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Michael Strogoff

10. Baikal And Angara
LAKE BAIKAL is situated seventeen hundred feet above the level of the sea. Its
length is about six hundred miles, its breadth seventy. Its depth is not known.
Madame de Bourboulon states that, according to the boatmen, it likes to be
spoken of as "Madam Sea." If it is called "Sir Lake," it immediately lashes itself
into fury. However, it is reported and believed by the Siberians that a Russian is
never drowned in it.
This immense basin of fresh water, fed by more than three hundred rivers, is
surrounded by magnificent volcanic mountains. It has no other outlet than the
Angara, which after passing Irkutsk throws itself into the Yenisei, a little above
the town of Yeniseisk. As to the mountains which encase it, they form a branch of
the Toungouzes, and are derived from the vast system of the Altai.
In this territory, subject to peculiar climatical conditions, the autumn appears to
be absorbed in the precocious winter. It was now the beginning of October. The
sun set at five o'clock in the evening, and during the long nights the temperature
fell to zero. The first snows, which would last till summer, already whitened the
summits of the neighboring hills. During the Siberian winter this inland sea is
frozen over to a thickness of several feet, and is crossed by the sleighs of
Either because there are people who are so wanting in politeness as to call it "Sir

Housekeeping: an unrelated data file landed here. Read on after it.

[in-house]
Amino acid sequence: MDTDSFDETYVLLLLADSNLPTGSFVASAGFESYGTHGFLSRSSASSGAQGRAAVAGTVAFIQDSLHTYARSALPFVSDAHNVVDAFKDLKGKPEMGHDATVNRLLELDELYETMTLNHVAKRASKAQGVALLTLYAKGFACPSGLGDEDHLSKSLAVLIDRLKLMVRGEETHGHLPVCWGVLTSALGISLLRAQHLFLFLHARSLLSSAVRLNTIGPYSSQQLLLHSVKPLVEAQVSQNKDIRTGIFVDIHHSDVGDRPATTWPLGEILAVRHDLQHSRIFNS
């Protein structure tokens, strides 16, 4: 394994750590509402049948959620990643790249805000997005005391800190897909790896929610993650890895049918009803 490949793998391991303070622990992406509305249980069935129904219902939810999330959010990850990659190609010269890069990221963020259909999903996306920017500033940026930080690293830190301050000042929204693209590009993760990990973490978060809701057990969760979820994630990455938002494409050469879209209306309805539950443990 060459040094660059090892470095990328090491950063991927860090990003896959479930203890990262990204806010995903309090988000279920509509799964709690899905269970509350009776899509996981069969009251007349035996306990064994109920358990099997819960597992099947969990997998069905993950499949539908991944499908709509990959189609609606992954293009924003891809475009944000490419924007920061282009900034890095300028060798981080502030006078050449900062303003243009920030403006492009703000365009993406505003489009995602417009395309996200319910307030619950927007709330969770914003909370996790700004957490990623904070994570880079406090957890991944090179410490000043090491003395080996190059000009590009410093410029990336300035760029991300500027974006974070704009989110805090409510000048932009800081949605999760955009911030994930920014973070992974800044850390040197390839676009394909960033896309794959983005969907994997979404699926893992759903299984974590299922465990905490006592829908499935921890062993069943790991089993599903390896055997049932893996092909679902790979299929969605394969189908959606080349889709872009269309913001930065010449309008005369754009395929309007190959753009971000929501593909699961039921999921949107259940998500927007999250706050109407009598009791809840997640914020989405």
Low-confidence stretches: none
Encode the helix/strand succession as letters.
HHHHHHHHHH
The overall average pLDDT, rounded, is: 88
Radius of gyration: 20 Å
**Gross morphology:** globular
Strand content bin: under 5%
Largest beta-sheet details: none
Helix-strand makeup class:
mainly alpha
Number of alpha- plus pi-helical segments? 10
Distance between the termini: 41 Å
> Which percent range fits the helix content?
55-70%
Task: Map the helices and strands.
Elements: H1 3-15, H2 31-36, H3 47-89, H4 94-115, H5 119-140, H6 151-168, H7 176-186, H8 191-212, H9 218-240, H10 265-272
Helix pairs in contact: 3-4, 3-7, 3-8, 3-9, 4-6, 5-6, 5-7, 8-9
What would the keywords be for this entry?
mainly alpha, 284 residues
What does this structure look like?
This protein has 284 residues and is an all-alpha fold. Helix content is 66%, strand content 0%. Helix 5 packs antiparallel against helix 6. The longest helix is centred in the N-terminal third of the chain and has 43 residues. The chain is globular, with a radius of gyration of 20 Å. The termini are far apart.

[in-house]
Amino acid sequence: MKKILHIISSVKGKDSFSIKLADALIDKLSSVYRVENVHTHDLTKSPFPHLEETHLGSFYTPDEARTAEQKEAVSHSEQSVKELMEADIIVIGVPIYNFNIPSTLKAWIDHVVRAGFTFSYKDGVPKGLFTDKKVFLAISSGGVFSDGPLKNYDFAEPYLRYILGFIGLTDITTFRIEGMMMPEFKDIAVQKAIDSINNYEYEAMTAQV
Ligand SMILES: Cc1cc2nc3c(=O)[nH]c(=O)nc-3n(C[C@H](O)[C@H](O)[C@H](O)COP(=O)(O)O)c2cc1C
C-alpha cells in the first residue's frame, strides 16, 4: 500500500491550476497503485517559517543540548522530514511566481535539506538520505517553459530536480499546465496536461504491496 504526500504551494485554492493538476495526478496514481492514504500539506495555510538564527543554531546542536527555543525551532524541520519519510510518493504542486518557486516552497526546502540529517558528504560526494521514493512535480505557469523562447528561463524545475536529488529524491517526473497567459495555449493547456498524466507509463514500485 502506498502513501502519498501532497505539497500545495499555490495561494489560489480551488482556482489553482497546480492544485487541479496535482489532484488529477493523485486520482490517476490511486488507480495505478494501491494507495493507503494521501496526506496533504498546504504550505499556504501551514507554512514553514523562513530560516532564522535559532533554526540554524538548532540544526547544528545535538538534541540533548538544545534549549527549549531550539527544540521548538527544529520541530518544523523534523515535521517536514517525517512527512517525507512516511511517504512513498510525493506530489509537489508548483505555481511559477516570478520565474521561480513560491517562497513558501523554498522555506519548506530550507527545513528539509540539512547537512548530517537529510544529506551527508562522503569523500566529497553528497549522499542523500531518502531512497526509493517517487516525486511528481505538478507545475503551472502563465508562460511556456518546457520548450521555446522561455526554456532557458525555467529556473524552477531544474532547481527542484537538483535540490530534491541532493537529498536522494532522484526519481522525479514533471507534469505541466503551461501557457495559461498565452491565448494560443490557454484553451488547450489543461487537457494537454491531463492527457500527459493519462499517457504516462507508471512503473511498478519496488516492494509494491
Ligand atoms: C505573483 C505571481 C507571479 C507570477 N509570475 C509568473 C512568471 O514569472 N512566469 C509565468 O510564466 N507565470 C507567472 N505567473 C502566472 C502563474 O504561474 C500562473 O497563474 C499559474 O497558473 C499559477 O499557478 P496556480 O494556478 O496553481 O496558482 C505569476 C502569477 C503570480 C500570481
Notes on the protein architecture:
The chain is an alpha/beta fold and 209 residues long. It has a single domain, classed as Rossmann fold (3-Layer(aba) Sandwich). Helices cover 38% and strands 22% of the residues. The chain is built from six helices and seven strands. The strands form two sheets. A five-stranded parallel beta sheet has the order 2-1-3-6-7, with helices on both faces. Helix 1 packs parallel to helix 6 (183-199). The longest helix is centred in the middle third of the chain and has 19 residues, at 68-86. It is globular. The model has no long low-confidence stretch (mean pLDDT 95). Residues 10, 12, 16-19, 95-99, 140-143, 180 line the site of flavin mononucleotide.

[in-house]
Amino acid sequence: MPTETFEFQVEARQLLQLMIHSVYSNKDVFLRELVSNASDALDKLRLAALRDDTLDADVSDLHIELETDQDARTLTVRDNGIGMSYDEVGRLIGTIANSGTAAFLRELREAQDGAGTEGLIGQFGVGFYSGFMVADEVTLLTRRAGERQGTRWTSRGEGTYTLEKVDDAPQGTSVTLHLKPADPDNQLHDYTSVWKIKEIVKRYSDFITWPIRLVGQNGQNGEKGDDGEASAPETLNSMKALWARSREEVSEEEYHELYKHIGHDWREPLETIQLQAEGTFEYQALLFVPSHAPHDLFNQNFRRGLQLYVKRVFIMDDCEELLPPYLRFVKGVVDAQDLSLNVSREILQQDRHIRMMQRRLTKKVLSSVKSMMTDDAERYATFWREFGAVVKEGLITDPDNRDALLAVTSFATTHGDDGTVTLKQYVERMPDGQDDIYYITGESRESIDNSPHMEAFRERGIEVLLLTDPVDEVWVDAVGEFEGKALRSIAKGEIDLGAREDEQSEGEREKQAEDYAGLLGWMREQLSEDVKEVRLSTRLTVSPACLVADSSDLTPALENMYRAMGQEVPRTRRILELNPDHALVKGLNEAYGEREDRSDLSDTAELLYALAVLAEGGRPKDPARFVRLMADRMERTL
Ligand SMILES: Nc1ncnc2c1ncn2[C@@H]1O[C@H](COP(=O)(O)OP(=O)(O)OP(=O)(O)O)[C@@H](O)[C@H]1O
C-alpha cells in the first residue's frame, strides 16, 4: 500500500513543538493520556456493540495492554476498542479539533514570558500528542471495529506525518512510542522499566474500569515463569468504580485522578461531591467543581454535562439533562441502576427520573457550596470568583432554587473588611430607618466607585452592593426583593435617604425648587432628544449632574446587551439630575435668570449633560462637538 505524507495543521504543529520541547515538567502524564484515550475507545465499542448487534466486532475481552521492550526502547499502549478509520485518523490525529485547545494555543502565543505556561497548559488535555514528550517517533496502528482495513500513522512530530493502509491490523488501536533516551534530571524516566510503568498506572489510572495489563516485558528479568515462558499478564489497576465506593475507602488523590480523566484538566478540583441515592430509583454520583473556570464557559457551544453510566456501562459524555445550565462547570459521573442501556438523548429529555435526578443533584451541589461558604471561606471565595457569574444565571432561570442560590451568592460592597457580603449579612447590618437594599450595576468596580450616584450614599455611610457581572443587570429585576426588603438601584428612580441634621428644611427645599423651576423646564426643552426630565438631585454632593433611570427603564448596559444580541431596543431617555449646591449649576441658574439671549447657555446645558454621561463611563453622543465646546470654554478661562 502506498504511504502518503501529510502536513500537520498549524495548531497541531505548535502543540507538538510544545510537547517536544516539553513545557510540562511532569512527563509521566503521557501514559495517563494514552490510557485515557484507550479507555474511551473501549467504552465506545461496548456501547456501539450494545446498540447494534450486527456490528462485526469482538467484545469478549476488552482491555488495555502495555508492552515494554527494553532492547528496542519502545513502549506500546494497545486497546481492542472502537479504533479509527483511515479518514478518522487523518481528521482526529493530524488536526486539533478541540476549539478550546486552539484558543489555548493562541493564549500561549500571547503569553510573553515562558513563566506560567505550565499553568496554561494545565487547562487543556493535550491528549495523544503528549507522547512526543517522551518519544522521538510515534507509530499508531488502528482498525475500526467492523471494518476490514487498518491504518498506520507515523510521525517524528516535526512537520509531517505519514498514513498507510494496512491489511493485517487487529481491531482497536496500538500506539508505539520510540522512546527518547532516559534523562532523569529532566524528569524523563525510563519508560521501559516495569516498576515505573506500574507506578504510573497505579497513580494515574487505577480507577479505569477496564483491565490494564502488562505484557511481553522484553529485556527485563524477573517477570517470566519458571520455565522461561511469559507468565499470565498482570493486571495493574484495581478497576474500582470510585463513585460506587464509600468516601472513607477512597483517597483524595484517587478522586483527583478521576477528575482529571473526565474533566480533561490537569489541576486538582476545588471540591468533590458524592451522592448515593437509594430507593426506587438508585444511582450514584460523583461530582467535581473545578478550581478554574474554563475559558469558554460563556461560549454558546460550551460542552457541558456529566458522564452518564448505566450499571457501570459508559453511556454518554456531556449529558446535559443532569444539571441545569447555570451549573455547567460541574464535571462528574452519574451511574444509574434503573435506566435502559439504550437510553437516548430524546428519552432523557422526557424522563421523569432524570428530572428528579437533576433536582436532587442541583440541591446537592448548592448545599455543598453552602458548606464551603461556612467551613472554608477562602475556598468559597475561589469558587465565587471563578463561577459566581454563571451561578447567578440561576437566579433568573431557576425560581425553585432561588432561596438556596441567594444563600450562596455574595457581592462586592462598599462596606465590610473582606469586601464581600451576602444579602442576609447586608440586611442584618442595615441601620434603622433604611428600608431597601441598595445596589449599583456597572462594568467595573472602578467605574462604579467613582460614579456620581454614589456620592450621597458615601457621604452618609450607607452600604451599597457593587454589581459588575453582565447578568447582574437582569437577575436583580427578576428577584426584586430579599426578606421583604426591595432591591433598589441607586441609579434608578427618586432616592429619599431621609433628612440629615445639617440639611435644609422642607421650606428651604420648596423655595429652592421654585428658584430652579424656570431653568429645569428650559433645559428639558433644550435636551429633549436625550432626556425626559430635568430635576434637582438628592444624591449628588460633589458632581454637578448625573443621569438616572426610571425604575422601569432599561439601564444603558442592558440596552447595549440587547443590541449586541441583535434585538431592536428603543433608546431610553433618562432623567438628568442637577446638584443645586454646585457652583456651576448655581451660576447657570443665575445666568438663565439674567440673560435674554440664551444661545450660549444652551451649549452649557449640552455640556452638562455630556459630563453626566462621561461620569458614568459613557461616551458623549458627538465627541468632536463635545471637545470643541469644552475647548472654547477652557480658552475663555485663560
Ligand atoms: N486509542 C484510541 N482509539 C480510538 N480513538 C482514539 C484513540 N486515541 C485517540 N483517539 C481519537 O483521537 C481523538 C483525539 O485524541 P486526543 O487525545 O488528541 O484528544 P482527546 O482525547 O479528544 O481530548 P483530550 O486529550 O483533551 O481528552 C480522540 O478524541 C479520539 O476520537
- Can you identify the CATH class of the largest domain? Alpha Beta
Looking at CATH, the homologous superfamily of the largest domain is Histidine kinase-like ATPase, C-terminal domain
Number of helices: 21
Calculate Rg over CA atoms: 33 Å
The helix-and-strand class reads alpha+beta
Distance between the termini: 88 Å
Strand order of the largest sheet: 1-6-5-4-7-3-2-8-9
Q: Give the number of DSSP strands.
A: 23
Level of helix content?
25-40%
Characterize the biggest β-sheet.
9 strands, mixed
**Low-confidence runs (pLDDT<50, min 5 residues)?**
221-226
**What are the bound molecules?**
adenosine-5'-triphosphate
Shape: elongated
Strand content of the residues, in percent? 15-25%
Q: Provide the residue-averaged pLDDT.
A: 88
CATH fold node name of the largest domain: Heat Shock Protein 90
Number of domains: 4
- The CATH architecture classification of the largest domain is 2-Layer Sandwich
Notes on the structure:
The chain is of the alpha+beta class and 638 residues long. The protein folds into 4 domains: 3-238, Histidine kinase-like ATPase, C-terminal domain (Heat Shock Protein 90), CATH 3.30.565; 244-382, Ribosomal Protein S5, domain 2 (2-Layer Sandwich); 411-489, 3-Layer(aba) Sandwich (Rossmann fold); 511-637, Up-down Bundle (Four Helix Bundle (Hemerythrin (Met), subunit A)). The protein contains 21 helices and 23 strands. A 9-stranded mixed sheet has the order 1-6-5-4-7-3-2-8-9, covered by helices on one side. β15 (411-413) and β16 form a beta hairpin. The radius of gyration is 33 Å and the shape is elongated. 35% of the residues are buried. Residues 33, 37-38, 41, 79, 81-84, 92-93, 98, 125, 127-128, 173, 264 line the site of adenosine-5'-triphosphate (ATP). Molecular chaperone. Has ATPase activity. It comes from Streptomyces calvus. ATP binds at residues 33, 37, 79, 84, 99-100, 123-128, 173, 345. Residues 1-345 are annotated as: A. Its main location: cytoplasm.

Lake," or for some more meteorological reason, Lake Baikal is subject to violent
tempests. Its waves, short like those of all inland seas, are much feared by the
rafts, prahms, and steamboats, which furrow it during the summer.
It was the southwest point of the lake which Michael had now reached, carrying
Nadia, whose whole life, so to speak, was concentrated in her eyes. But what
could these two expect, in this wild region, if it was not to die of exhaustion and
famine? And yet, what remained of the long journey of four thousand miles for
the Czar's courier to reach his end? Nothing but forty miles on the shore of the
lake up to the mouth of the Angara, and sixty miles from the mouth of the Angara
to Irkutsk; in all, a hundred miles, or three days' journey for a strong man, even
on foot.
Could Michael Strogoff still be that man?
Heaven, no doubt, did not wish to put him to this trial. The fatality which had
hitherto pursued his steps seemed for a time to spare him. This end of the Baikal,
this part of the steppe, which he believed to be a desert, which it usually is, was
not so now. About fifty people were collected at the angle formed by the end of
the lake.
Nadia immediately caught sight of this group, when Michael, carrying her in his
arms, issued from the mountain pass. The girl feared for a moment that it was a
Tartar detachment, sent to beat the shores of the Baikal, in which case flight
would have been impossible to them both. But Nadia was soon reassured.
"Russians!" she exclaimed. And with this last effort, her eyes closed and her
head fell on Michael's breast.